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Willow Croft: And, lastly, what sort of environmentally friendly art supplies do you all use?

Miranda and Violet: Most of our art materials (pencils, watercolours, pastels and ink) have been found in secondhand/charity shops so we are re-using other people’s waste. But when we do need to buy anything new we usually get it from artdiscount.co.uk who have labelled qualifying products as vegan and have done a very helpful blog post (https://artdiscount.co.uk/blogs/artdiscount/vegan-vegetarian-and-eco-art-supplies) which explains what’s good and what’s bad for the discerning artist. There’s another helpful post, here: https://vegomm.com/vegan-art-craft-supplies/. And of course we only buy recycled sketch paper.

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Visit Miranda Lemon and Violet Plum at https://violetsvegancomics.com/ where they have a wonderful selection of things for kids of all ages.

The Myth of Humanity…

 

I dreamed last night that I owned a casino in South America and, to make things short, I was standing by a jungle river. This fellow that had been splashing around pulled a river dolphin into the shallows, where it (the dolphin) just floated about calmly. The guy got out of the river and, as he passed me, said “Keep an eye on it for me; I’m just going to my truck to get my tools. One blow to the head is all it takes, though, and I’ll have enough meat for me and my family all year.”

I stood there for a minute in the dream, watching the dolphin gently rest in the stagnant shallows at the river’s edge.

Then I acted.

I plunged into the river despite my fancy casino owner’s attire, and pushed the dolphin back into the river’s current. I stood there watching the dolphin swim downstream, and hoped it would be gone before the man came back. 

The man returned with his dolphin-killing club, and he angrily yelled to me from the bank, “Well, someone else downstream is just gonna capture it and kill it. So you didn’t save it at all.”

And I woke myself up out of the dream.

But for most of the morning (and even more than usual as of late) I’ve been musing on the reality of human nature.

And on the kind of human I really want to be, especially when aided by a perhaps typical mid-life transition experience.

Not that there’s any time for self-reflection and navel-gazing. The time to act is now (Actually, the time to act was many years ago…1960s? way before?), in regards to changing our attitudes to animals. To trees. To plants.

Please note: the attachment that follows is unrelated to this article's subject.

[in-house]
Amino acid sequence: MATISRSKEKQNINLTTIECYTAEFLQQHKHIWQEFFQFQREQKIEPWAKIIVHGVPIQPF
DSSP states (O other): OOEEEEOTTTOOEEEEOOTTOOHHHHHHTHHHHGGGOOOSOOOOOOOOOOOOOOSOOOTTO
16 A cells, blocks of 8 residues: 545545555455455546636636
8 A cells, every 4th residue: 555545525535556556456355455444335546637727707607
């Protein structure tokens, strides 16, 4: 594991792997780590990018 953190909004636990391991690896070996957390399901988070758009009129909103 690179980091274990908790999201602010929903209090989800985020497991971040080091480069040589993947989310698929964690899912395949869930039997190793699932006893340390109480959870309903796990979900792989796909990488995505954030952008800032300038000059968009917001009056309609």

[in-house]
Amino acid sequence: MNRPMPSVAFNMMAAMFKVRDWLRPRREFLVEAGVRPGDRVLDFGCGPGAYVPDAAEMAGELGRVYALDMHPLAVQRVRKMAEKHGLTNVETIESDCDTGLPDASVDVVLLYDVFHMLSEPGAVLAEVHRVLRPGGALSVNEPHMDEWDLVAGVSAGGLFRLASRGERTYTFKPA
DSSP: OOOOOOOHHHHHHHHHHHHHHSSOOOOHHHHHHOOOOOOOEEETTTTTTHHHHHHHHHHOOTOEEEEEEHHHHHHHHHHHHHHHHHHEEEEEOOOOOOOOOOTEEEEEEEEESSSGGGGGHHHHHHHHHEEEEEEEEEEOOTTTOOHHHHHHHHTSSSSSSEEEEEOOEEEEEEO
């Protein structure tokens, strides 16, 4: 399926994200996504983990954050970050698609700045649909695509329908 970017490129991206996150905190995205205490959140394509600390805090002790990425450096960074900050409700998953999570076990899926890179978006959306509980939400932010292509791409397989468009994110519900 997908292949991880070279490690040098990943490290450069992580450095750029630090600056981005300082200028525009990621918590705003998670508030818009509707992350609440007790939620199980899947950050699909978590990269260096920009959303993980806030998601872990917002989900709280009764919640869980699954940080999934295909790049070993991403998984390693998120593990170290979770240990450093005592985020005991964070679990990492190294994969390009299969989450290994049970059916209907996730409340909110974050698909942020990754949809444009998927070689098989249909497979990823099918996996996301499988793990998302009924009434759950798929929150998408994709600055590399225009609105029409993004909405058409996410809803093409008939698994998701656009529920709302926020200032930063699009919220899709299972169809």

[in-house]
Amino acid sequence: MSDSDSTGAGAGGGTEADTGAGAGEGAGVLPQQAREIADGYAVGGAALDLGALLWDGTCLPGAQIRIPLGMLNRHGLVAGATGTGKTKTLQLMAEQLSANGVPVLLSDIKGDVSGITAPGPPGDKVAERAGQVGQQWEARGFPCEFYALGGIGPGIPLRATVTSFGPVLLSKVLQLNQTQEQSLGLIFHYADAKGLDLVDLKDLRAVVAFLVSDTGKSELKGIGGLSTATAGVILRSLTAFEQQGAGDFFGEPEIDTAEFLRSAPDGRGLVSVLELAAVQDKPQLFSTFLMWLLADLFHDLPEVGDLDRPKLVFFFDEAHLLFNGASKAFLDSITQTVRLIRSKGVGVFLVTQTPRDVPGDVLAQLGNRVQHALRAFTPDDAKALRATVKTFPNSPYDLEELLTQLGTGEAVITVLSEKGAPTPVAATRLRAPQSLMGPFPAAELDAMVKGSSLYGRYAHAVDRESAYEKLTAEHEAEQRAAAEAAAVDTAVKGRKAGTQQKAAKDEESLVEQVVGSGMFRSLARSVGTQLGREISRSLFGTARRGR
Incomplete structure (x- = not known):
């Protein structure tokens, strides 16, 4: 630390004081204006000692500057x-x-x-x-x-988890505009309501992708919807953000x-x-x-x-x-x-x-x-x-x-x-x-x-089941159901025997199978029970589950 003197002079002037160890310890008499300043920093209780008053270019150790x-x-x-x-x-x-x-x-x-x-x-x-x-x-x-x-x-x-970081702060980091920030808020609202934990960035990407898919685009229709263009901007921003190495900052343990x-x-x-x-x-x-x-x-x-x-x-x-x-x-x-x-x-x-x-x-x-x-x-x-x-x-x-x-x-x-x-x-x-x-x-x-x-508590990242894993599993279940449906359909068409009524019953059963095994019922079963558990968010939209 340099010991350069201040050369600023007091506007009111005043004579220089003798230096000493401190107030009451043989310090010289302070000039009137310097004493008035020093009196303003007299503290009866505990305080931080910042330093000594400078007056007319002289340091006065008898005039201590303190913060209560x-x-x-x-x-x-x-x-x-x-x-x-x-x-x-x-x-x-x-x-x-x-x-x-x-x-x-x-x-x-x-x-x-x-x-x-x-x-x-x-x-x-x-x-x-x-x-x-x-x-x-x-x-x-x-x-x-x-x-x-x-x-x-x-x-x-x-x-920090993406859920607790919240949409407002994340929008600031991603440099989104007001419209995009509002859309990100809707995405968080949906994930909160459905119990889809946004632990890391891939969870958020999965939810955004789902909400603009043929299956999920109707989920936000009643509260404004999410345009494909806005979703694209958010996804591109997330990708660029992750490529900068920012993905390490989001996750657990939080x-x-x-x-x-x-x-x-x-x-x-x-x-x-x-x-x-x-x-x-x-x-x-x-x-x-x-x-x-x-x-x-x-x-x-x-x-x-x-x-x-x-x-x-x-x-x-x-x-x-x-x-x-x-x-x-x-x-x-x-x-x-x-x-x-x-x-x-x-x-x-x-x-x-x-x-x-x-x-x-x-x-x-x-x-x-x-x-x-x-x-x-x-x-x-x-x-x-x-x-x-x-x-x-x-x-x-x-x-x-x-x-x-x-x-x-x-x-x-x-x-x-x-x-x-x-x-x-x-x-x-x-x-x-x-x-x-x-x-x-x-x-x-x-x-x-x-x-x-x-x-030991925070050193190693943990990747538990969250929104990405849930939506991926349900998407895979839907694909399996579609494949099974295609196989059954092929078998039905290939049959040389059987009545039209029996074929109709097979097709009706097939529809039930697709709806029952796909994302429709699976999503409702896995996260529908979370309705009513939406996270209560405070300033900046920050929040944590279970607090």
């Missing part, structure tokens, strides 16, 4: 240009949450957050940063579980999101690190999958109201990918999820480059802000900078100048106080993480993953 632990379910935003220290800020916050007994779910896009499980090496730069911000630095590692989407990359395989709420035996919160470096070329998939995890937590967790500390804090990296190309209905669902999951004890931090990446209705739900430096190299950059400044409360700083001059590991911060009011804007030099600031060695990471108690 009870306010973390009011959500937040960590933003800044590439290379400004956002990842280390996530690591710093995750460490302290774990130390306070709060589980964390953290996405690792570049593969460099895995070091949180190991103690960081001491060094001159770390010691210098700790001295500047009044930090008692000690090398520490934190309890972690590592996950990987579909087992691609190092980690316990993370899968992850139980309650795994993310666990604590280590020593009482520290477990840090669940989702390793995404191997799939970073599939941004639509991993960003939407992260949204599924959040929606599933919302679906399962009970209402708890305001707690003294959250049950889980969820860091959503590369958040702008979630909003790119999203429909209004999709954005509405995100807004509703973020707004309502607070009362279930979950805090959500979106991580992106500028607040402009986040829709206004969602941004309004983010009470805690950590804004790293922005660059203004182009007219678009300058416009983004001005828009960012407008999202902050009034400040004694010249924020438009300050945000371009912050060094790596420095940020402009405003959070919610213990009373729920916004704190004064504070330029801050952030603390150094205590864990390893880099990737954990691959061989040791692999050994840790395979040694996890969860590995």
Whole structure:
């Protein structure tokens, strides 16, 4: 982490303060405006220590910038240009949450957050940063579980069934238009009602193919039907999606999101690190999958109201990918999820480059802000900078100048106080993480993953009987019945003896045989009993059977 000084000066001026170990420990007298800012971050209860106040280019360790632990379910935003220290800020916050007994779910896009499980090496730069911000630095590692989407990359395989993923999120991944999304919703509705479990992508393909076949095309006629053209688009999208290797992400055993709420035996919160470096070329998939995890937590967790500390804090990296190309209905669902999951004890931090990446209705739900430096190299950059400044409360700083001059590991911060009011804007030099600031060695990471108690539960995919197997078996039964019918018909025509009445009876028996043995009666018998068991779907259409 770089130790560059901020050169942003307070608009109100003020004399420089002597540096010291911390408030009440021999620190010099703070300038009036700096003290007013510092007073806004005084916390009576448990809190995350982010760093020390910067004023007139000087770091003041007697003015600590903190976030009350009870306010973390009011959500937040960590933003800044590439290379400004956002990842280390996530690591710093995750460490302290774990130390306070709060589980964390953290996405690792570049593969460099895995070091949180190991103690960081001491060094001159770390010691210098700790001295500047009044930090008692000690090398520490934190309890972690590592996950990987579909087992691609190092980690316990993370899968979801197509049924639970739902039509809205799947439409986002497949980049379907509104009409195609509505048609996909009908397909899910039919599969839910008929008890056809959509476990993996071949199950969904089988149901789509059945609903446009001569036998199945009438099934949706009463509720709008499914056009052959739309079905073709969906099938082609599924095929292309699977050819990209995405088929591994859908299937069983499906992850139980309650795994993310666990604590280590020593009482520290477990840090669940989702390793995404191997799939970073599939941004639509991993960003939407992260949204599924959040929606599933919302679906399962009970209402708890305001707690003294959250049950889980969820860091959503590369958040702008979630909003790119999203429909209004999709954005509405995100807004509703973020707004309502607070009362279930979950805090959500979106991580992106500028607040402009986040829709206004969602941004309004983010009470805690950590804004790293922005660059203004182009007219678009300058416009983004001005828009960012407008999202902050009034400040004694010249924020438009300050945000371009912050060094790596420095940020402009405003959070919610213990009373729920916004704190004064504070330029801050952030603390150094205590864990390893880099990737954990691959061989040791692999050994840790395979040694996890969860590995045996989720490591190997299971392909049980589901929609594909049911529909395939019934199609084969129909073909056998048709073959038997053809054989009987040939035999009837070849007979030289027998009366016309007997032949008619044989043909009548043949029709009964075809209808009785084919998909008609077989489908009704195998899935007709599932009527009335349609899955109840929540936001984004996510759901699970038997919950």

It’s time for humanity to be the one to make sacrifices. Dietary sacrifices, livespace sacrifices, personal-possessions sacrifices, mental and emotional sacrifices; to simply just let nature have center stage and top billing for once.

Because humanity in general hasn’t really been all that great in the past.

If you want to debate this, then I suggest you pick up the book I’m reading now: Sea of Slaughter by Farley Mowat. (https://www.goodreads.com/book/show/291180.Sea_of_Slaughter) Then, maybe, we’ll talk. Or join forces and act, instead.

It’s why, I suppose, I like books in the crime/thriller/horror genre. Because it’s literature that’s often stripped of a rose-coloured view of humanity. There’s minimal illusion there. Human nature is revealed for what it often is–dark, twisted, sadistic, and cruel. It’s unapologetic, most times. (I’ve seen this cruelty firsthand in my years as an animal rescue volunteer and wildlife rehabber.)

Human nature such as in the book I just finished.

It’s One by One by Yawatta Hosby. (https://www.goodreads.com/book/show/18096817-one-by-one) A spooky, unrelentingly dark, twisted-mind story that takes you to a lakeside cabin deep in the backwoods of Virginia. Because what better place for humanity’s inner, and outer, demons to emerge than in a tragedy-ridden log cabin?

And, as for me, as one of too-many humans on this crowded planet, I hope to get better in the New Year.

Downsize my books.

Peel away society’s layers to get to the core of my true self.

Continue to transition to a vegan diet (Thanks for the inspiration, motivation, and recipes, Veganuary! Veganuary | Home | The Go Vegan 31 Day Challenge).

Read more, and watch less. And streamline my social media time.

Get a book published.

Find a place in the world where I can live in more direct connection, and in harmony, with nature.

And, in trying to come to terms with my own fallible human nature, I turned to the Satanic Temple, of which I am now a member. The Satanic Temple – Official website

What scary life changes do you have planned for the New Year, and the so-termed by some Age of Aquarius?